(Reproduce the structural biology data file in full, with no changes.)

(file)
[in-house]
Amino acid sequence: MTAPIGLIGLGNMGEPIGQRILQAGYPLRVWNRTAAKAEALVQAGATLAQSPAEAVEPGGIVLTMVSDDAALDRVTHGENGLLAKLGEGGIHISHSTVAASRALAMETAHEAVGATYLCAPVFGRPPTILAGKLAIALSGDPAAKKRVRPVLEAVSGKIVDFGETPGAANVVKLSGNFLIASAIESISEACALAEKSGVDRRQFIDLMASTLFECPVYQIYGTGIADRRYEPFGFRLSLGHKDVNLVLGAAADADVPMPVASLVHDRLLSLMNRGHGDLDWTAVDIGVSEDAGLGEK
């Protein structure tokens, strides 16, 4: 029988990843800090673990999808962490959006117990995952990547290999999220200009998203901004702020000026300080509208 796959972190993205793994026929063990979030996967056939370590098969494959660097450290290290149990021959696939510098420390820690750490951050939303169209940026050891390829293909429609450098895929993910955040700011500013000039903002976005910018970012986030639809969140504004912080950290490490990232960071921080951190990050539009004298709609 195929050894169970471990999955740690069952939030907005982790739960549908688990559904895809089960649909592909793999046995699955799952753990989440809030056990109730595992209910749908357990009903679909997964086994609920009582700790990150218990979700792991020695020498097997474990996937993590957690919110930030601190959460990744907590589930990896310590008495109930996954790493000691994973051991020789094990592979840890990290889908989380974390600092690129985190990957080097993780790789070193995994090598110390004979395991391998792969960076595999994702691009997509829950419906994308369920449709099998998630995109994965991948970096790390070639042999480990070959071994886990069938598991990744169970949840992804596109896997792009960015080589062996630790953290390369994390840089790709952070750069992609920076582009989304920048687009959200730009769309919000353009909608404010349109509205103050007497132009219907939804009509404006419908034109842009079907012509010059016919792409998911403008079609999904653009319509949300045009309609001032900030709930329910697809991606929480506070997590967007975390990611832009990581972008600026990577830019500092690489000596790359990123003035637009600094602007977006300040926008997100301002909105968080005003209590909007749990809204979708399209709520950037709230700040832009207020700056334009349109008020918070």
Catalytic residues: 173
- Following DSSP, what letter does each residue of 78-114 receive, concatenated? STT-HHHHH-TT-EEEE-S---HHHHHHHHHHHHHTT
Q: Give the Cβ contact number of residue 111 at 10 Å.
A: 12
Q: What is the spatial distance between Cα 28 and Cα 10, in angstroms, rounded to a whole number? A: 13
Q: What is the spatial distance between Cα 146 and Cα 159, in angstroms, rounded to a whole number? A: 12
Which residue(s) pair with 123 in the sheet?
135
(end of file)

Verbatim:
[in-house]
Amino acid sequence: MTAPIGLIGLGNMGEPIGQRILQAGYPLRVWNRTAAKAEALVQAGATLAQSPAEAVEPGGIVLTMVSDDAALDRVTHGENGLLAKLGEGGIHISHSTVAASRALAMETAHEAVGATYLCAPVFGRPPTILAGKLAIALSGDPAAKKRVRPVLEAVSGKIVDFGETPGAANVVKLSGNFLIASAIESISEACALAEKSGVDRRQFIDLMASTLFECPVYQIYGTGIADRRYEPFGFRLSLGHKDVNLVLGAAADADVPMPVASLVHDRLLSLMNRGHGDLDWTAVDIGVSEDAGLGEK
């Protein structure tokens, strides 16, 4: 029988990843800090673990999808962490959006117990995952990547290999999220200009998203901004702020000026300080509208 796959972190993205793994026929063990979030996967056939370590098969494959660097450290290290149990021959696939510098420390820690750490951050939303169209940026050891390829293909429609450098895929993910955040700011500013000039903002976005910018970012986030639809969140504004912080950290490490990232960071921080951190990050539009004298709609 195929050894169970471990999955740690069952939030907005982790739960549908688990559904895809089960649909592909793999046995699955799952753990989440809030056990109730595992209910749908357990009903679909997964086994609920009582700790990150218990979700792991020695020498097997474990996937993590957690919110930030601190959460990744907590589930990896310590008495109930996954790493000691994973051991020789094990592979840890990290889908989380974390600092690129985190990957080097993780790789070193995994090598110390004979395991391998792969960076595999994702691009997509829950419906994308369920449709099998998630995109994965991948970096790390070639042999480990070959071994886990069938598991990744169970949840992804596109896997792009960015080589062996630790953290390369994390840089790709952070750069992609920076582009989304920048687009959200730009769309919000353009909608404010349109509205103050007497132009219907939804009509404006419908034109842009079907012509010059016919792409998911403008079609999904653009319509949300045009309609001032900030709930329910697809991606929480506070997590967007975390990611832009990581972008600026990577830019500092690489000596790359990123003035637009600094602007977006300040926008997100301002909105968080005003209590909007749990809204979708399209709520950037709230700040832009207020700056334009349109008020918070």
Catalytic residues: 173
- Following DSSP, what letter does each residue of 78-114 receive, concatenated? STT-HHHHH-TT-EEEE-S---HHHHHHHHHHHHHTT
Q: Give the Cβ contact number of residue 111 at 10 Å.
A: 12
Q: What is the spatial distance between Cα 28 and Cα 10, in angstroms, rounded to a whole number? A: 13
Q: What is the spatial distance between Cα 146 and Cα 159, in angstroms, rounded to a whole number? A: 12
Which residue(s) pair with 123 in the sheet?
135